United States District Court, D. Montana, Great Falls Division
Morris United States District Court Judge
David Brewer filed a Motion for Discovery Sanctions pursuant
to Federal Rule of Civil Procedure 37 on January 12, 2018.
(Doc. 261.) United States Magistrate Judge John T. Johnston
issued Findings and Recommendations in this matter on
February 27, 2018. (Doc. 285.) Judge Johnston recommended
that the Court deny Brewer's request. Id. at 15.
party makes no objections, the Court need not review de
novo the proposed Findings and Recommendations.
Thomas v. Arn, 474 U.S. 140, 149-52 (1986). This
Court will review Judge Lynch's Findings and
Recommendations, however, for clear error. McDonnell
Douglas Corp. v. Commodore Bus. Mach., Inc., 656 F.2d
1309, 1313 (9th Cir. 1981).
Rule of Civil Procedure 37(e) governs when a court may
sanction a party who fails to preserve electronically stored
information (“ESI”). A party may destroy evidence
in the ordinary course of business based on its document
retention policies, but a party may not destroy documents if
the party has “notice” of potential litigation.
United States v. Kitsap Physicians Serv., 314 P.3d
995, 1001 (9th Cir. 2002). Three types of sanctions exist for
the spoliation of evidence: (1) judgment against the party
who remains responsible for the spoliation; (2) the exclusion
of evidence or witness testimony corresponding to the
evidence destroyed; or (3) an adverse jury instruction.
Kopitar v. Nationwide Mut. Ins. Co., 266 F.R.D. 493,
499-500 (E.D. Cal. 2010).
sanction of default judgment requires a court to find
“willfulness, fault, or bad faith” by the party
that destroyed the evidence. Leon v. IDX Systems
Corp., 464 F.3d 951, 958 (9th Cir. 2006). The Ninth
Circuit has determined that a court must consider the
following factors before issuing a dispositive sanction: (1)
the public's interest in expeditious resolution of
litigation; (2) the court's need to manage its dockets;
(3) the risk of prejudice to the party seeking sanctions; (4)
the public policy favoring disposition of cases on their
merits; and (5) the availability of less drastic sanctions.
contends that BNSF had a duty to preserve relevant ESI and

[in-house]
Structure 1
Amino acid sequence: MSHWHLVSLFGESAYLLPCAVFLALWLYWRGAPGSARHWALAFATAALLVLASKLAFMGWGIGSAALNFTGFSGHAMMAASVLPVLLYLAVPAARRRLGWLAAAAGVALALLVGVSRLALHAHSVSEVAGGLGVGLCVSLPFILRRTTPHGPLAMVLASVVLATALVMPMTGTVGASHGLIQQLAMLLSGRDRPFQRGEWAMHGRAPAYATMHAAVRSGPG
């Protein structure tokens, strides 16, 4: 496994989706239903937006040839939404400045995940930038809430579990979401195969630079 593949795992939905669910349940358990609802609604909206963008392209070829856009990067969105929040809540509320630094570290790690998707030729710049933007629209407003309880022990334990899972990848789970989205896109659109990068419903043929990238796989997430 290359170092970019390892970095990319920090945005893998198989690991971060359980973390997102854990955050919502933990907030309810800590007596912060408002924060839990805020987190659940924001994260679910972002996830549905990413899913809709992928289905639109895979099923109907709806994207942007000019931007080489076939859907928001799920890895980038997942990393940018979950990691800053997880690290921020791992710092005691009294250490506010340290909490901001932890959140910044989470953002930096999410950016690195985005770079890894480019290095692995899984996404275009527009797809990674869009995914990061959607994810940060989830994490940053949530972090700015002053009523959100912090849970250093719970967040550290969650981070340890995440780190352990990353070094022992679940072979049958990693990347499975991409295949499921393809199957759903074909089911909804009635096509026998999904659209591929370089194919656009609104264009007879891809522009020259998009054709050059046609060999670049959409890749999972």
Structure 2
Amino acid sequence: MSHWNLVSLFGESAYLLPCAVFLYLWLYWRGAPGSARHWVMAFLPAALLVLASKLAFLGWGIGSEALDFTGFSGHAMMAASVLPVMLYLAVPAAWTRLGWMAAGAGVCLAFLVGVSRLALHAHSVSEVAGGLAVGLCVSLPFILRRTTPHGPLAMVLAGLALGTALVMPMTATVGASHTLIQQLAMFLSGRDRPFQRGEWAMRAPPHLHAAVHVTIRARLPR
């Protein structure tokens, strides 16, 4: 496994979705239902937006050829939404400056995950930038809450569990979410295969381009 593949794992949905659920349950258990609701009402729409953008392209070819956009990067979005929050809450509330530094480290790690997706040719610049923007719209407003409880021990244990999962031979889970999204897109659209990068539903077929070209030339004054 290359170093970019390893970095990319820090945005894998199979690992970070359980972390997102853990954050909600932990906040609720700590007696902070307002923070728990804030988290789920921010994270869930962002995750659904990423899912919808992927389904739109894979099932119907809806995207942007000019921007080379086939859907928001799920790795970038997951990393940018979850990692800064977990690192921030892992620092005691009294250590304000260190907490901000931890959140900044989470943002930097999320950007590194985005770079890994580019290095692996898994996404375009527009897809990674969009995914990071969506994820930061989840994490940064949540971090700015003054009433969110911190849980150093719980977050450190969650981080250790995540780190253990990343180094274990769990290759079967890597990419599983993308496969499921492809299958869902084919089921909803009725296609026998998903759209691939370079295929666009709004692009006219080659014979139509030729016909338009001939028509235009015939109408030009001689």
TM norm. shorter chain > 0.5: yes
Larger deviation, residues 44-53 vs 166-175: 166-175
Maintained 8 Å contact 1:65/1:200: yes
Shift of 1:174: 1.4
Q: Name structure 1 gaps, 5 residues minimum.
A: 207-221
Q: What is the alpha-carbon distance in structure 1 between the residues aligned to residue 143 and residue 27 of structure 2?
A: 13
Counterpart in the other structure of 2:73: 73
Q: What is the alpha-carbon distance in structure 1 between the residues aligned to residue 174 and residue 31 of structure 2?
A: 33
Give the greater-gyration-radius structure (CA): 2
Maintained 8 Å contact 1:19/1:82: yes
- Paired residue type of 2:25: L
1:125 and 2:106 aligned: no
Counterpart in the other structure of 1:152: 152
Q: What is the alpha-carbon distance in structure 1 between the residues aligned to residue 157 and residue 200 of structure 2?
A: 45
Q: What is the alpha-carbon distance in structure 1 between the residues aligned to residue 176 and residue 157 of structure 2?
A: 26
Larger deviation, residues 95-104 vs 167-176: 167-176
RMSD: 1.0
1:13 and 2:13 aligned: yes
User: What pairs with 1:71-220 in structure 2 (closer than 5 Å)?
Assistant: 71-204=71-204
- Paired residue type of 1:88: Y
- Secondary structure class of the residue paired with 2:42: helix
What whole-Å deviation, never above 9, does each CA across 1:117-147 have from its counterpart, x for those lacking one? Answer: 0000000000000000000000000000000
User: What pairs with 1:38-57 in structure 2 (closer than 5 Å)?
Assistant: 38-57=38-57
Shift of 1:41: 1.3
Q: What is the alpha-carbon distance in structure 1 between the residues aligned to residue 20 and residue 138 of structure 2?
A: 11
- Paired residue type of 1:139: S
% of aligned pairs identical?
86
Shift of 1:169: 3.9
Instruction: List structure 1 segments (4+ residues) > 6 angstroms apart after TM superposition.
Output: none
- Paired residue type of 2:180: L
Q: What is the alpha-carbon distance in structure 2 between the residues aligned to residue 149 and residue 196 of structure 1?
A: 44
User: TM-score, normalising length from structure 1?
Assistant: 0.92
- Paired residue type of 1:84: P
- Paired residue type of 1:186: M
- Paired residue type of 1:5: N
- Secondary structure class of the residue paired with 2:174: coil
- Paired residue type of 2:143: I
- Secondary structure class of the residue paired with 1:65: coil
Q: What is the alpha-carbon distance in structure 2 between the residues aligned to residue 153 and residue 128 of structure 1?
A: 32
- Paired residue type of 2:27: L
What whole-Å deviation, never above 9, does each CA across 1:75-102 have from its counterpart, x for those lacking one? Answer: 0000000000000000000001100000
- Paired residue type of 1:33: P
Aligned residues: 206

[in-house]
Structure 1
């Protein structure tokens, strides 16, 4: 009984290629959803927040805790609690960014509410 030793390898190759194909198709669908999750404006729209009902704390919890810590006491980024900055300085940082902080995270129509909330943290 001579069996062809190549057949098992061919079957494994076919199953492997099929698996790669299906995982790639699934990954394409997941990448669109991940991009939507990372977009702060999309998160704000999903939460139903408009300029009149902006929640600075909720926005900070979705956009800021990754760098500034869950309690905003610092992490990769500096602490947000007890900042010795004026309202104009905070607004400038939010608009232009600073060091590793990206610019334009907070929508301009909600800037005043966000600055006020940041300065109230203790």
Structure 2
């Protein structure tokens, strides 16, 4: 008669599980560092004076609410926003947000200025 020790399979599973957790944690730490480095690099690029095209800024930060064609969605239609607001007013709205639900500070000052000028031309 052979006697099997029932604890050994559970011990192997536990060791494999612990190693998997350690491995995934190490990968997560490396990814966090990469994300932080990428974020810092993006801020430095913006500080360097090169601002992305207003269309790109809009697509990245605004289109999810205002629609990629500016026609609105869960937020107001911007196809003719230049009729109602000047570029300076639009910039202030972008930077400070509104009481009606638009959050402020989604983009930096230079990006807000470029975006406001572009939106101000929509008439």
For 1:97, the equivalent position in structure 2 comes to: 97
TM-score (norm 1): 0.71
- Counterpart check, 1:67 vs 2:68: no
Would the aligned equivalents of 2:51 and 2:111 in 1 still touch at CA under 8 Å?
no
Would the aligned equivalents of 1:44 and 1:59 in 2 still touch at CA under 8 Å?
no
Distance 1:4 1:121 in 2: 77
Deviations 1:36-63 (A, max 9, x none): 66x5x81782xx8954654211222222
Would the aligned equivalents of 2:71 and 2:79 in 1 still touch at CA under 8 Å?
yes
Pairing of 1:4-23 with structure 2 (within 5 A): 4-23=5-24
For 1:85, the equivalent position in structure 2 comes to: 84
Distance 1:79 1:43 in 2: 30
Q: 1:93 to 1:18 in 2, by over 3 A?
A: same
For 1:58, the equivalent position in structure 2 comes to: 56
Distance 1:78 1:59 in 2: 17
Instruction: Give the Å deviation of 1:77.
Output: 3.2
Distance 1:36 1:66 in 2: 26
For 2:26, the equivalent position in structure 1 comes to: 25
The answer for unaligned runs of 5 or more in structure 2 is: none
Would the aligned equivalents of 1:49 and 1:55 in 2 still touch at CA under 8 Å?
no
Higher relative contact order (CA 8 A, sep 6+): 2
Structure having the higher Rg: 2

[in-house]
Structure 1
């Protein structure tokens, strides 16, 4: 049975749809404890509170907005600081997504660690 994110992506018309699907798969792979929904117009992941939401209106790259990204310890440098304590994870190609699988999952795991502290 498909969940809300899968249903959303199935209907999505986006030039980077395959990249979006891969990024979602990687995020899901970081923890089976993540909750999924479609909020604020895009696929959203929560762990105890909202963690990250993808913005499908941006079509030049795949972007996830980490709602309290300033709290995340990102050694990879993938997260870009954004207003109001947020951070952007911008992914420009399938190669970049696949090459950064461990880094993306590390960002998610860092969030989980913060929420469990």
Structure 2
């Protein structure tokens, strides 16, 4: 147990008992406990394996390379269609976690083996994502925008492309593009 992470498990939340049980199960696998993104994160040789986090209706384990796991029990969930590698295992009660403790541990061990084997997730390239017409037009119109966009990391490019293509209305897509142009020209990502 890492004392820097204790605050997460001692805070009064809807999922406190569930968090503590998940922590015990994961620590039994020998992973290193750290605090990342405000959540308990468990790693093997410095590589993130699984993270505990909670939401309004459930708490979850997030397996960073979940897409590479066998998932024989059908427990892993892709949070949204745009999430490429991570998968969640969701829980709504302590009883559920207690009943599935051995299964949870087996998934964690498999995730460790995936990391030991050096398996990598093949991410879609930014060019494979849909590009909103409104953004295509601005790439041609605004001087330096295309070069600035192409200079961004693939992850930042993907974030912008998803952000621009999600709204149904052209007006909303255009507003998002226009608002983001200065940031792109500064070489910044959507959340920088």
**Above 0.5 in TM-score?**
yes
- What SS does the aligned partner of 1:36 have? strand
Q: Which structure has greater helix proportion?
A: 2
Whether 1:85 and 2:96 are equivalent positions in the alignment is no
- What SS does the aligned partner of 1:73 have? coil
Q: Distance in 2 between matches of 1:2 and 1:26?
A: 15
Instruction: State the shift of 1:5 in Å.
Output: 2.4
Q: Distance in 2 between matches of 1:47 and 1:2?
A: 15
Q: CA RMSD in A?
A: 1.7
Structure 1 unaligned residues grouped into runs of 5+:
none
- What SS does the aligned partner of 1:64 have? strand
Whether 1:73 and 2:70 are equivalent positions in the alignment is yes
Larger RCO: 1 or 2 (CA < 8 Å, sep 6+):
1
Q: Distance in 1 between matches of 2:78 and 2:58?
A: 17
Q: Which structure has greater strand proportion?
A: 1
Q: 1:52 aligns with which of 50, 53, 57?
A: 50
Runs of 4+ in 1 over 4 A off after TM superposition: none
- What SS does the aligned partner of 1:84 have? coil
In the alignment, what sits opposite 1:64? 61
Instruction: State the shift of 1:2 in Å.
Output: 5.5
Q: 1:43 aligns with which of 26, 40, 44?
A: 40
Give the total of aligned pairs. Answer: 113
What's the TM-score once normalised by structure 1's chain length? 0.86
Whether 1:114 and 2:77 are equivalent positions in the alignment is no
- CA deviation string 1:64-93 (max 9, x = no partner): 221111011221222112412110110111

failed to do so. BNSF failed to “migrate” its
emails from one server to another, and did not retain
specific devices from current and former employees, which may
have had non-duplicative ESI saved on the device itself.
Brewer argues that BNSF had its own process of designating
computers subject to re-formatting and preserving them, but
failed to follow that process in this matter. Brewer further
argues that this failure prevents him from proving his claims
or disputing BNSF's asserted defenses.
37(e) requires a court to inquire whether the ESI should have
been preserved in anticipation of litigation and whether the
ESI can be restored or replaced through additional discovery.
Brewer argues that BNSF received notice of litigation when he
filed his complaint with OSHA on February 19, 2013. Brewer
officially filed his Complaint against BNSF on September 10,
2014. BNSF does not dispute Brewer's contentions. Judge
Johnston determined, and this Court agrees, that Brewer
fulfilled the notice element of a Rule 37(e) motion. (Doc.
285 at 6.) BNSF needed to preserve relevant ESI in
anticipation of litigation as of February 2013.
must next inquire into whether the party seeking sanctions
can show that it suffered prejudice from the loss of
information. Fed.R.Civ.P. 37(e)(1). Upon a finding of
prejudice, a court “may order measures no greater than
necessary to cure the prejudice.” Id. Judge
Johnston determined that the alleged spoliation in this case
does not warrant a default sanction. (Doc. 285 at 8.) The
Court agrees. Brewer fails to specify what information he
believes has been wrongfully withheld or not preserved.
Id. Judge Johnston determined that without
specificity of relevant documents that are missing or being
withheld, the Court cannot determine actual prejudice.
Id. at 9.
points to the deposition of BNSF's trainmaster, Connan
Moler, as a specific example of BNSF's failure to
preserve ESI. Judge Johnston determined, and the Court
agrees, that Brewer has not shown how the ESI he presumes to
be missing will prevent him from going to trial or threaten
to interfere with the rightful outcome of the case.
Id. Judge Johnston further determined that any
claims of prejudice related to Moler are ineffective because
the Court previously ruled that Moler's devices are
beyond the scope of discovery. Id. at 10. Brewer has
not shown that he suffered prejudice so great as to amount to
a default sanction.